Wednesday, February 27, 2008
Wednesday, February 13, 2008
Sunday, February 10, 2008
For those unfamiliar with Grace Week, it was started by Queen Shenaynay over at The Beehive. She did this with her daughters in their early years of homeschooling, and recently when I felt I needed a break it whispered itself in my ear, Grace. If anyone needs grace, it's me! So I did a little homework and came up with a plan. We already school year-round, so the schedule part fit perfectly. Up until now, we take breaks as we need them, a little longer break at Christmas and between academic years, and we just keep going. However, our breaks usually are just like summer break was for me growing up - do nothing. Well, what has ended up happening is I have a list of projects, way too much free time, and the kids have way too much free time, and when school gets going again we all struggle to get back into the swing of things only to find that I didn't accomplish all of my projects and they are still looming over my head! It kind of defeated the purpose of the break when it was so hard to get going again. But Grace Week is different. It's a break from the rigor of the schedule, but it is a very purposeful break. Here is what we did:
We had a little family meeting at the beginning of the week, and I laid out my expectations of the children. There would be daily Bible time, daily personal reading time, and daily exercise time. The reading could be any book of their choice, and so could the exercise. The daily Bible time was intended to be personal as we are beginning to encourage the boys to have their own daily time alone with the Lord. That part did not happen this week, so it will be a focus next month. The exercise ended up being basketball out front, bike riding, long walks, and jumping on the trampoline. Also dancing :O)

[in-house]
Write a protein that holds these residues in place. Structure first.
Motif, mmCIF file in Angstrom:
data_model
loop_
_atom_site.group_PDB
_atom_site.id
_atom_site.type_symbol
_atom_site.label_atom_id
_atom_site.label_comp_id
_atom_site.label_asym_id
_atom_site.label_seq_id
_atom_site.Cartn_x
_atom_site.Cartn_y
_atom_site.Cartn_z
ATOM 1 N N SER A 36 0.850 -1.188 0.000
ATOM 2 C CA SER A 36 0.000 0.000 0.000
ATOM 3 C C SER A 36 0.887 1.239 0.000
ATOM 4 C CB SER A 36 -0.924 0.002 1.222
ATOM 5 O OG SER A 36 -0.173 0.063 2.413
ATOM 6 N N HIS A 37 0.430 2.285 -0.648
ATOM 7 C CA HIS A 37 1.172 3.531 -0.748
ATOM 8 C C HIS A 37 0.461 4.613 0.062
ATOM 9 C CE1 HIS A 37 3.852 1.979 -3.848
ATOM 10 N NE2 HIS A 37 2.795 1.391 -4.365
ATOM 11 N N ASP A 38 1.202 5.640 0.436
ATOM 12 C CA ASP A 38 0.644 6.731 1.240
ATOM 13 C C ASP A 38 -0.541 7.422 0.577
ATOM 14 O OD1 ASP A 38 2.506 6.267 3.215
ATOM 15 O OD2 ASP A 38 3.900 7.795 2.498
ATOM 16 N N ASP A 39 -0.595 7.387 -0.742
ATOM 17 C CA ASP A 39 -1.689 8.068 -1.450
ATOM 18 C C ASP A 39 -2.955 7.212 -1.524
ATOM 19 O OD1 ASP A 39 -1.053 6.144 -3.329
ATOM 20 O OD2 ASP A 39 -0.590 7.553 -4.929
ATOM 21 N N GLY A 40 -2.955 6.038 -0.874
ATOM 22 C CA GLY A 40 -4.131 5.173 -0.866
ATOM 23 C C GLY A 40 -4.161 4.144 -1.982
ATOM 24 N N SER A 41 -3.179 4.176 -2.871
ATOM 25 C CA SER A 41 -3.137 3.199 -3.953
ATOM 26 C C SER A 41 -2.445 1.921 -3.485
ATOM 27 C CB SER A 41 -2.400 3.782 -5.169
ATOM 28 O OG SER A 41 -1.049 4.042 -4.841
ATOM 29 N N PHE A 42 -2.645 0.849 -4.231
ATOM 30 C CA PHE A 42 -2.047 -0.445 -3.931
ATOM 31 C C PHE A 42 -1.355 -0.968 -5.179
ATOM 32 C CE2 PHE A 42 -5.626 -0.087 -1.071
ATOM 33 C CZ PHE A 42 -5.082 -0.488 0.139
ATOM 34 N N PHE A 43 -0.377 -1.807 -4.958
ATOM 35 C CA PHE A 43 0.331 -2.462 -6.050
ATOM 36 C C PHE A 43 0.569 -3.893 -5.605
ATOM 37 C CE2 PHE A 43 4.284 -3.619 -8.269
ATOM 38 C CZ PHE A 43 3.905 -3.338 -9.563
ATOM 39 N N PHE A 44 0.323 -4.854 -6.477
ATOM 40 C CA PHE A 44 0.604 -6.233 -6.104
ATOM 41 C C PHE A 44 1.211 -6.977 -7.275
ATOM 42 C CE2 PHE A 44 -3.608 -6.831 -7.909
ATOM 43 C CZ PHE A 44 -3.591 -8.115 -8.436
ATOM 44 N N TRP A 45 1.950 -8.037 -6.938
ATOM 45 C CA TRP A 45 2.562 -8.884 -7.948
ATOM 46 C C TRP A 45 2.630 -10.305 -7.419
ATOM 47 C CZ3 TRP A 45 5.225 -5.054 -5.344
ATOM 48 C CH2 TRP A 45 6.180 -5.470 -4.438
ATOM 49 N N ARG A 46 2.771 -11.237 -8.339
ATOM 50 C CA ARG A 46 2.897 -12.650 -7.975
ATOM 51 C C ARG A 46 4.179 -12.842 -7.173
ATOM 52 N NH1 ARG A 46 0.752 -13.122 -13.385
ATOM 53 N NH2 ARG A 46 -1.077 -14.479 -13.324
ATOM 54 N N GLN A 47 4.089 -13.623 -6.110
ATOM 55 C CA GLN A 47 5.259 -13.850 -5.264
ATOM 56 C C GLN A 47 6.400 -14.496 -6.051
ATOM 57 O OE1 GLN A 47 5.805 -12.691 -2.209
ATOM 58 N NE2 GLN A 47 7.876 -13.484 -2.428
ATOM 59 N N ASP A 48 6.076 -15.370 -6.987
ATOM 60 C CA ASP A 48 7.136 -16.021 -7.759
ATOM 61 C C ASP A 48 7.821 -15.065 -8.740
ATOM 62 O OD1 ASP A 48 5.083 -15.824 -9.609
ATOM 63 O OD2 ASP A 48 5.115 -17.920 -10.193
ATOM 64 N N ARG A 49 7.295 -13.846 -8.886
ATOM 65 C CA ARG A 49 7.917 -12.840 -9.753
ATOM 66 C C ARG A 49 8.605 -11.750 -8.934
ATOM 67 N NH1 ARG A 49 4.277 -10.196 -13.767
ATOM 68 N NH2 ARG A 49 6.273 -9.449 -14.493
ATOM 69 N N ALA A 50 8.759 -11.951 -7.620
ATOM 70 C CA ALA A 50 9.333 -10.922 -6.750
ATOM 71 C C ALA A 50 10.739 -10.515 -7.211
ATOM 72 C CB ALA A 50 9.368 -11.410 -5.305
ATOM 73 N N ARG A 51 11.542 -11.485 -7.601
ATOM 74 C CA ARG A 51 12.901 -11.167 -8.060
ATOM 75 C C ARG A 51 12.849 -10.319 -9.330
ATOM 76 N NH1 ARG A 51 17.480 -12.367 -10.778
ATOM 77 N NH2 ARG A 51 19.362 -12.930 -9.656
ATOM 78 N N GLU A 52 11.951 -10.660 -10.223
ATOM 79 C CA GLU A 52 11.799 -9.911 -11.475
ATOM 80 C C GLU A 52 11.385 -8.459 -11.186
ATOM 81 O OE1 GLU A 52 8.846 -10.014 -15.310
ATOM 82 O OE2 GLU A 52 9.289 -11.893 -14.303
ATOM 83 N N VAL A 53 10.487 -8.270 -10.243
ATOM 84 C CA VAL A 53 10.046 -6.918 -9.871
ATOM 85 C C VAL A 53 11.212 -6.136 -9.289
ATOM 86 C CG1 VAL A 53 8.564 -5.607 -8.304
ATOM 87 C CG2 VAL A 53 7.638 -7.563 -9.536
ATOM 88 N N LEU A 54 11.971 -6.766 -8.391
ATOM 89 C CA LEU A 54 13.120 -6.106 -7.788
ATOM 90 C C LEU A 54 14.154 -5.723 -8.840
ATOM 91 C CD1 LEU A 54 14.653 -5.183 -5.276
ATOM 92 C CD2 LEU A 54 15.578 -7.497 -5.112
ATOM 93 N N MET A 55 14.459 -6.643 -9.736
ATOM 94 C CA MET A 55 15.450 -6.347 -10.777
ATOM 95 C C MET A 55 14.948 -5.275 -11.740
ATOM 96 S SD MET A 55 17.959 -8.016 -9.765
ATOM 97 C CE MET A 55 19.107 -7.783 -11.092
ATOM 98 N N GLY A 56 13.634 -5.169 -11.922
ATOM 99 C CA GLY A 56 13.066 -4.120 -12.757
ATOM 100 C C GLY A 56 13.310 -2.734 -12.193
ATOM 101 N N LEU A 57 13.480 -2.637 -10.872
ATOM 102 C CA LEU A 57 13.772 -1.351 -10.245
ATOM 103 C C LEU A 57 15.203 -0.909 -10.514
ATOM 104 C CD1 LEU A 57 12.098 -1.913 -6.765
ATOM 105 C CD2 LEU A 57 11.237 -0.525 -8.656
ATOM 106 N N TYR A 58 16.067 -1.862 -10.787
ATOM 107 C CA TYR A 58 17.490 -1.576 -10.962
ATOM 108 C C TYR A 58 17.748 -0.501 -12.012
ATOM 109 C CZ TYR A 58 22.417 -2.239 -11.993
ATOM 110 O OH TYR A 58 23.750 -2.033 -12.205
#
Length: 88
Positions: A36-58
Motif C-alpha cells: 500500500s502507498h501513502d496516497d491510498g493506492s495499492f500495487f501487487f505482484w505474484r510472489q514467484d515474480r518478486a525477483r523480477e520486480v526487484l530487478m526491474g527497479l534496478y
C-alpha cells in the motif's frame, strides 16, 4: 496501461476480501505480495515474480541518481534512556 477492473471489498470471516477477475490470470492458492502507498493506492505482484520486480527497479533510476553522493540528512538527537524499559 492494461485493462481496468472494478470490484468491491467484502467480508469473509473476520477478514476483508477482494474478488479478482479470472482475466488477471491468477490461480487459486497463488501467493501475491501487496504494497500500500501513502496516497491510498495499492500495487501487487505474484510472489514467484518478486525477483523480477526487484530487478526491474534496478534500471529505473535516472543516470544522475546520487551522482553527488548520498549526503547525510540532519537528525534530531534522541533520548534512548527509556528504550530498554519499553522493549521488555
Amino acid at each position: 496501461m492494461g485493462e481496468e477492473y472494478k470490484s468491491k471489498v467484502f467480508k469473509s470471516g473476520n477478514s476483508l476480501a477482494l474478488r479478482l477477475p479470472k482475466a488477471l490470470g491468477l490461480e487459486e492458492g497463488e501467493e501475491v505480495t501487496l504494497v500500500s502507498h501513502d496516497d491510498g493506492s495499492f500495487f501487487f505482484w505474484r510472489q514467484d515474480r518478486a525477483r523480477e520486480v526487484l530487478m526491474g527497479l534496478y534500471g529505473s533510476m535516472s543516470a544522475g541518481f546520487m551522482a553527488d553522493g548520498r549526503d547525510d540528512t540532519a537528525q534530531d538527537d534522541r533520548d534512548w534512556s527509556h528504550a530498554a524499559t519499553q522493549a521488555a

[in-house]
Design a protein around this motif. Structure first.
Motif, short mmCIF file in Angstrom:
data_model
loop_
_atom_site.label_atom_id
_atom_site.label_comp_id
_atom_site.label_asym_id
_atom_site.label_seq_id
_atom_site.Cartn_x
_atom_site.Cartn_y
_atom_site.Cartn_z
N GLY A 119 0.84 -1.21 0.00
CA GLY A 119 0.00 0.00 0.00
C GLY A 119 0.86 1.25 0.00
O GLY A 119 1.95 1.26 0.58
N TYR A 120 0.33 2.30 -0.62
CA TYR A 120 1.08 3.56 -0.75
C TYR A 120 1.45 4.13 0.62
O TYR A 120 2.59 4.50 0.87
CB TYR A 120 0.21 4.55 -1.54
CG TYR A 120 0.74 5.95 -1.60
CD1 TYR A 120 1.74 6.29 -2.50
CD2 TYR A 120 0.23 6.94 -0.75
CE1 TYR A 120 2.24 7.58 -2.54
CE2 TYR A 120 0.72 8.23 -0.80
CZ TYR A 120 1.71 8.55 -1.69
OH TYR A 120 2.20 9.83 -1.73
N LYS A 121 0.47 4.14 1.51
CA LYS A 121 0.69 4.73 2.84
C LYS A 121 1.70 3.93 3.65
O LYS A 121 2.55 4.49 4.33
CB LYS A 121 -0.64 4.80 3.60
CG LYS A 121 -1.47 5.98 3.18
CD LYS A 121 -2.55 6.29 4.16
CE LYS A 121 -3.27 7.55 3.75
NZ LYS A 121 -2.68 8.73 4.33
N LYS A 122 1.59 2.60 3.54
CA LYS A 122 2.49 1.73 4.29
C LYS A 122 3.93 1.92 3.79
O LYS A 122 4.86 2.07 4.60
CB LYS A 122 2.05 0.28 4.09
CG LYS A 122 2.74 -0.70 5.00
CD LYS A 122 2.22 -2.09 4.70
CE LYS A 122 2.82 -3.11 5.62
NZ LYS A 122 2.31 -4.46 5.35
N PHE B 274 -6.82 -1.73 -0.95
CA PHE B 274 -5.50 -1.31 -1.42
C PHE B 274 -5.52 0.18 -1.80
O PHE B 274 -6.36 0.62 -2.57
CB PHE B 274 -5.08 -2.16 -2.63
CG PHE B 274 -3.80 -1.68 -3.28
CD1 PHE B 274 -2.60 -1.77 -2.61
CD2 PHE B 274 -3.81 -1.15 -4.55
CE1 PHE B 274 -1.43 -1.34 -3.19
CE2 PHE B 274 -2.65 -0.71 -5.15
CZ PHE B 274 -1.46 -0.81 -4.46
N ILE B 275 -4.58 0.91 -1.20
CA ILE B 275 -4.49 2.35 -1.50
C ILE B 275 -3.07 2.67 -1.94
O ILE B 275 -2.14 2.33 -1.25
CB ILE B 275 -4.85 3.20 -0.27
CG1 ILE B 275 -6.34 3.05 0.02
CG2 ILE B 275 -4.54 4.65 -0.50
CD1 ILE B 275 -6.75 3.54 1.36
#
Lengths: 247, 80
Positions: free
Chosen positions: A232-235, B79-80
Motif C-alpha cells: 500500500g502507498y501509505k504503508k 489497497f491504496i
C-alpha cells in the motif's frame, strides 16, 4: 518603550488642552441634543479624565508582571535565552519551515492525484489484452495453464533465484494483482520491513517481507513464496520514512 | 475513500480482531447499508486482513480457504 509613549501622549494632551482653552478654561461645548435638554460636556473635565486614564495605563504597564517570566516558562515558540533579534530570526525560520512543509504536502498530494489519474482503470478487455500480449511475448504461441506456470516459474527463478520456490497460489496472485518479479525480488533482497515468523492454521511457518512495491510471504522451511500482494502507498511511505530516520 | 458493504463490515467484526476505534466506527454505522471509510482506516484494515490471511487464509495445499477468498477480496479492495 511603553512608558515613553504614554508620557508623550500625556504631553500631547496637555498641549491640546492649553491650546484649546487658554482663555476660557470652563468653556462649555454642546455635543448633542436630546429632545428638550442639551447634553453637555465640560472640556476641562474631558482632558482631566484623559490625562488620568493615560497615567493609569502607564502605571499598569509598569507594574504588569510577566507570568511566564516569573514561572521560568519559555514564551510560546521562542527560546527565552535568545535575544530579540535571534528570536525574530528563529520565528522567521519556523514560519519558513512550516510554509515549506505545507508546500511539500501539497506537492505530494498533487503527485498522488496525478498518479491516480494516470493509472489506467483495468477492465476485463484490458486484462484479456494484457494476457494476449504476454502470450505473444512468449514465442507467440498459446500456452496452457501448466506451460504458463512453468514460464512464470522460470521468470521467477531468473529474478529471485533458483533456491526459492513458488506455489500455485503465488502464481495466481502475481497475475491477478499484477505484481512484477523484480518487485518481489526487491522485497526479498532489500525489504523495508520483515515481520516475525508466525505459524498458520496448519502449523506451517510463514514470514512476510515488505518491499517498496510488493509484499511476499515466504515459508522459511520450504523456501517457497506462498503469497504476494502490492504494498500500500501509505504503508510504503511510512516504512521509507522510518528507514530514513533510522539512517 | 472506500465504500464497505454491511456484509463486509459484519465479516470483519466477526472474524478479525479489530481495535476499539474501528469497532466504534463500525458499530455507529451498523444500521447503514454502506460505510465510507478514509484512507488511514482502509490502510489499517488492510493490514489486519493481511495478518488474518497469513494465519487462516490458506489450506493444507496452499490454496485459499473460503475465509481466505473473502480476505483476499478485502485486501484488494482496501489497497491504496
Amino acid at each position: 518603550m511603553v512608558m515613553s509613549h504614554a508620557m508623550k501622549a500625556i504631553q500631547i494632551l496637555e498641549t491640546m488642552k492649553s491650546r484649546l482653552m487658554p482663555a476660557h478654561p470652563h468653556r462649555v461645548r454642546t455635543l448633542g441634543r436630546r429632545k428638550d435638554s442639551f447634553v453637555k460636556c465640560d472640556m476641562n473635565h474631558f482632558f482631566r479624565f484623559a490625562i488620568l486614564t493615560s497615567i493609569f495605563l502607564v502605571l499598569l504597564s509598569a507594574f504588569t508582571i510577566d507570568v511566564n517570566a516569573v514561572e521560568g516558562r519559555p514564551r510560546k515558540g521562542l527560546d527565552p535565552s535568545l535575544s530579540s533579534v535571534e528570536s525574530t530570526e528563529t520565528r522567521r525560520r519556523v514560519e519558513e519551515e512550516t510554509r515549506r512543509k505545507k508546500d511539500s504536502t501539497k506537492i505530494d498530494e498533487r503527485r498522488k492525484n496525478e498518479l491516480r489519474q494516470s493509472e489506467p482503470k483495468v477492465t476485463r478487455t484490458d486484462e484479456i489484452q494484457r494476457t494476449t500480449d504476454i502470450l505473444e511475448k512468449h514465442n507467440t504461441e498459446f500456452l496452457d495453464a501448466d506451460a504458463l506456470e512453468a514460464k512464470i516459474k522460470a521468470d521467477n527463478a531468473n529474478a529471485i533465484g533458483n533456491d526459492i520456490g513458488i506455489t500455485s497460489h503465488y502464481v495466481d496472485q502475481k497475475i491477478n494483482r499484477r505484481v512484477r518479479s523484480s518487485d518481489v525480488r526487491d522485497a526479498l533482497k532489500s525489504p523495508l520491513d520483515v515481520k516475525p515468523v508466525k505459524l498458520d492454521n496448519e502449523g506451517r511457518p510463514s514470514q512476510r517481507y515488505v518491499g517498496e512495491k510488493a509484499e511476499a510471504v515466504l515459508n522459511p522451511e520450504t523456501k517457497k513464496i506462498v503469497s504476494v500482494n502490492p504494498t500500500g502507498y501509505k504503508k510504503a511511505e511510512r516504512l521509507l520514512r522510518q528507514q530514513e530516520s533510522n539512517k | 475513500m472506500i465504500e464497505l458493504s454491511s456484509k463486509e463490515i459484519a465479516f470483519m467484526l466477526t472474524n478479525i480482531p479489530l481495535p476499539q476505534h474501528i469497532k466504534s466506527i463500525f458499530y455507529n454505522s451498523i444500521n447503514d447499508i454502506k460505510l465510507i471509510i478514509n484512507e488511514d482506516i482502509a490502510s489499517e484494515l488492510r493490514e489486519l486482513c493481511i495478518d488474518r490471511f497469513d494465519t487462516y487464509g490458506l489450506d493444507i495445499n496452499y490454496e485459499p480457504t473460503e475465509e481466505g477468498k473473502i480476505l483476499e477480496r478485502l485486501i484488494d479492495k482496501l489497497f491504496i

We also laid out some projects we would do together. This time it was bake bread, prepare the ground for a garden, and memorize Psalm 100. The first two did get accomplished, the memorization is still a work in progress.
Finally, we each had individual projects. I had the boys choose something they had learned that they were very excited about and create a project to present to Daddy & I after a special dinner on Saturday evening (prepared by Jirafa and myself). I really did not know how these projects would turn out, but after hours of work they each came up with something that blew us out of the water! Jirafa made himself a costume and presented a first person dramatization of George Washington's retreat from the Battle of Long Island. He used pillows "dressed" in clothes (armed with guns & swords) as additional characters and reinacted parts of the battle for us! To distinguish himself as George Washington, he even made a wig out of white paper and put a hat on top! Paco made two large drawings - one was King Philip and the Spanish Armada. The other was Queen Elizabeth and the English Navy. He described to us how the little English Navy defeated the Spanish Armada, sending them fleeing quickly away. They both were so proud of their presentations and are already talking about doing another one! Yay! It was a very entertaining evening for Daddy & I.
As for my own projects, I got two closets cleaned out, kept up my excercise routine, and worked a day on potty training our little princess. It turned out she wasn't quite ready, but rather than feel bad that we didn't accomplish it I am going to feel good that she & I got so much one on one time together.